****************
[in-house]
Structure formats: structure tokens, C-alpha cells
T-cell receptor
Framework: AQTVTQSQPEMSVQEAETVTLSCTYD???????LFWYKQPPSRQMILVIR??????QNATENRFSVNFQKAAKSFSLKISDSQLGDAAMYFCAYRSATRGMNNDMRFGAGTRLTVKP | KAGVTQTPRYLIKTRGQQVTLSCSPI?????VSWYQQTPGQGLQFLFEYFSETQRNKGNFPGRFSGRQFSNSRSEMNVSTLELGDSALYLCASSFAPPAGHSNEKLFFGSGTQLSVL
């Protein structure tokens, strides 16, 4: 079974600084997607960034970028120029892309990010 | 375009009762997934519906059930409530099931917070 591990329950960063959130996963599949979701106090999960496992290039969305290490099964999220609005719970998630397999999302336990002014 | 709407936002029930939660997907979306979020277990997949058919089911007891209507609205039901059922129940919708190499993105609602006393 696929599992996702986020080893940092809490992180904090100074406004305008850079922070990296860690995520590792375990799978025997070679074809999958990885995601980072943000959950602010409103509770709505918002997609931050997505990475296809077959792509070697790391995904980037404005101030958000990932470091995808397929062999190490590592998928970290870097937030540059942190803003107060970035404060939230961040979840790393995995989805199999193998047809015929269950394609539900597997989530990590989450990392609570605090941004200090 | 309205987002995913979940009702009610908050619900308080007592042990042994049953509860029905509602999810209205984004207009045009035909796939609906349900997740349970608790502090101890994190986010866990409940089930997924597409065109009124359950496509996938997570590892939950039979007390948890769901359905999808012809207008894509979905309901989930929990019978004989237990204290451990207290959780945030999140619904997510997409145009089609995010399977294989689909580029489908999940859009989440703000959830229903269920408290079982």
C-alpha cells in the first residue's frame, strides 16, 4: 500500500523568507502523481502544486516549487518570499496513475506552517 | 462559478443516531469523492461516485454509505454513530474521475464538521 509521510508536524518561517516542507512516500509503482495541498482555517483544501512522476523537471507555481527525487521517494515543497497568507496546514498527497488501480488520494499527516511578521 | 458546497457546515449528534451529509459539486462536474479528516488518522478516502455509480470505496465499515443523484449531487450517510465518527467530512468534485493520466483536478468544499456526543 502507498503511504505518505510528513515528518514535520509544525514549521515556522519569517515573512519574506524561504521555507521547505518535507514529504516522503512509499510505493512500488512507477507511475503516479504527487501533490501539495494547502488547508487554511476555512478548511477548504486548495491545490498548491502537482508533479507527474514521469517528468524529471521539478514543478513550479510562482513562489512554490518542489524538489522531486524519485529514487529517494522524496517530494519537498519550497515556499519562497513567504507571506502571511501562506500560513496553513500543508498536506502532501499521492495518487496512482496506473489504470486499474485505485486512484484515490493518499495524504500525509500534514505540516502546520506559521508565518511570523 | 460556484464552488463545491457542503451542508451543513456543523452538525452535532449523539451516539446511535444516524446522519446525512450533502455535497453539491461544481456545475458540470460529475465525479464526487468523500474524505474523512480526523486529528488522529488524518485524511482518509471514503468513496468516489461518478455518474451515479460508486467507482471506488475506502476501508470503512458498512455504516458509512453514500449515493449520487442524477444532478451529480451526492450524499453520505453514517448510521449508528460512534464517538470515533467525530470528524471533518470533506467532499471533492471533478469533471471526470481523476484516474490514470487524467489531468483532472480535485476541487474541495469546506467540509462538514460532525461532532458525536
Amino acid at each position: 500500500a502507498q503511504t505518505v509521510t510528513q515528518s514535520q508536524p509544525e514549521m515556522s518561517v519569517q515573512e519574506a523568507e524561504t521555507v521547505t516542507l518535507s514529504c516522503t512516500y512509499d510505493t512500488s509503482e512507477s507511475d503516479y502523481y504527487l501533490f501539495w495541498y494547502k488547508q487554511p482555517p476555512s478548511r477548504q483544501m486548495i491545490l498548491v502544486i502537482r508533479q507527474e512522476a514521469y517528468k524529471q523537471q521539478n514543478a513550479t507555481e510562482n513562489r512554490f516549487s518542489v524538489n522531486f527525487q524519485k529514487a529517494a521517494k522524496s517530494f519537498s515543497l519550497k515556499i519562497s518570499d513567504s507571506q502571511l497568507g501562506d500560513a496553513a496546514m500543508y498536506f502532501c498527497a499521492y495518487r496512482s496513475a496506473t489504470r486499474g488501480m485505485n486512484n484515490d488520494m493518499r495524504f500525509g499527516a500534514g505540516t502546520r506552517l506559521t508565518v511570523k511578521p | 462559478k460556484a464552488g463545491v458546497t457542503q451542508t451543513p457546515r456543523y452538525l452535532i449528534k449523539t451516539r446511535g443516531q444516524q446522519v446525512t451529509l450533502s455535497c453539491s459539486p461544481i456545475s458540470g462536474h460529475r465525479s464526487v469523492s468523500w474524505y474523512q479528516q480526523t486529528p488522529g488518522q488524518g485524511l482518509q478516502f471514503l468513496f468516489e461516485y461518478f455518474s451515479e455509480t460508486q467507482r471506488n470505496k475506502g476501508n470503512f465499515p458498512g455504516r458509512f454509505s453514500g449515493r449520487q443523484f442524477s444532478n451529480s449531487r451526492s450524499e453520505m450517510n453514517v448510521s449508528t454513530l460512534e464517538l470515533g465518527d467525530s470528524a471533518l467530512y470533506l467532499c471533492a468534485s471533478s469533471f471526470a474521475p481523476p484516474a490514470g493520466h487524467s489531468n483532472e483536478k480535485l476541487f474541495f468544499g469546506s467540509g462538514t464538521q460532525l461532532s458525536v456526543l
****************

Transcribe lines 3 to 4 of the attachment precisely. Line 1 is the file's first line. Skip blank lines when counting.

T-cell receptor
Framework: AQTVTQSQPEMSVQEAETVTLSCTYD???????LFWYKQPPSRQMILVIR??????QNATENRFSVNFQKAAKSFSLKISDSQLGDAAMYFCAYRSATRGMNNDMRFGAGTRLTVKP | KAGVTQTPRYLIKTRGQQVTLSCSPI?????VSWYQQTPGQGLQFLFEYFSETQRNKGNFPGRFSGRQFSNSRSEMNVSTLELGDSALYLCASSFAPPAGHSNEKLFFGSGTQLSVL